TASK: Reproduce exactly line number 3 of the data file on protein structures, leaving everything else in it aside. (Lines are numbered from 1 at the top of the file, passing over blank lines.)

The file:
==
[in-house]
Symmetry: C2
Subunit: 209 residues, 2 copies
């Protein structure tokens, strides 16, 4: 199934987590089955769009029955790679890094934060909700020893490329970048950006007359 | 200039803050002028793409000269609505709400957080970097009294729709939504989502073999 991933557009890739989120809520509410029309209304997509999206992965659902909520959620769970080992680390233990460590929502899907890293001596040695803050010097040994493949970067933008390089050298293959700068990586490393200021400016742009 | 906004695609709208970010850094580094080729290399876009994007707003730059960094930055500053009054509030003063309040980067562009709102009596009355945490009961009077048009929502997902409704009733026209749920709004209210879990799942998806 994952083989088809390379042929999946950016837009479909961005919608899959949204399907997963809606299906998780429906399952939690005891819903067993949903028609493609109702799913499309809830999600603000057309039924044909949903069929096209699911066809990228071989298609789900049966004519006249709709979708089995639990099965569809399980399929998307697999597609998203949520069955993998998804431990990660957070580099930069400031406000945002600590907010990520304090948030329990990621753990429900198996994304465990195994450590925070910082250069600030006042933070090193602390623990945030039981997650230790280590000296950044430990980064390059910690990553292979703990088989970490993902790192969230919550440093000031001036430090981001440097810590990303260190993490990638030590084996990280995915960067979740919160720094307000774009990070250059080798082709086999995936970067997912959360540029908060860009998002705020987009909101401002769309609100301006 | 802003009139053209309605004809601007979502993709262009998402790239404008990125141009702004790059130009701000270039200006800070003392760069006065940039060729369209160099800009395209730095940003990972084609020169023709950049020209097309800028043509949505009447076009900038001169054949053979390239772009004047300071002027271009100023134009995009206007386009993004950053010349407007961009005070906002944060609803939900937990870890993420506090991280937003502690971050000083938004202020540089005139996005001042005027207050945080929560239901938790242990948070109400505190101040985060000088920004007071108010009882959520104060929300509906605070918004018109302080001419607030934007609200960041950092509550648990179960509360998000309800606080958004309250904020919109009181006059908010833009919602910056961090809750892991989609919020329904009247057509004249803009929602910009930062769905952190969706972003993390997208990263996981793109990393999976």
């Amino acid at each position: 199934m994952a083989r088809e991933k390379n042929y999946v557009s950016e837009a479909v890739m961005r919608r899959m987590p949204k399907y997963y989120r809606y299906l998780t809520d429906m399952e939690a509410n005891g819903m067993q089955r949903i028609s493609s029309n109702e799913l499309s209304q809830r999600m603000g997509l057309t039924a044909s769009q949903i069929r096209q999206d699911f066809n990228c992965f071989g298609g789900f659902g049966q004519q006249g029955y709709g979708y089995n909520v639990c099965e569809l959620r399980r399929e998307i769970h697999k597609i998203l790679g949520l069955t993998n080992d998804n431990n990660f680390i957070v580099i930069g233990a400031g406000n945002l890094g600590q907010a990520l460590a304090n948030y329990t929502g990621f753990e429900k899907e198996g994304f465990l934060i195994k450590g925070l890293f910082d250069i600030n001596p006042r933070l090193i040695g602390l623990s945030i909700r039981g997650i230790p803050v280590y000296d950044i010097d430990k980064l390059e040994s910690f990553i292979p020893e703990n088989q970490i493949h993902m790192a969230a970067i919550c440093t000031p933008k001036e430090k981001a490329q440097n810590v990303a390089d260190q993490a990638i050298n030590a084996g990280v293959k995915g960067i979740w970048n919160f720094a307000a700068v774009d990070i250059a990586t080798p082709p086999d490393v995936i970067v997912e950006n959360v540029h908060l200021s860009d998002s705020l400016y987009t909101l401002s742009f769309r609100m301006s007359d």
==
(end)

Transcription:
Subunit: 209 residues, 2 copies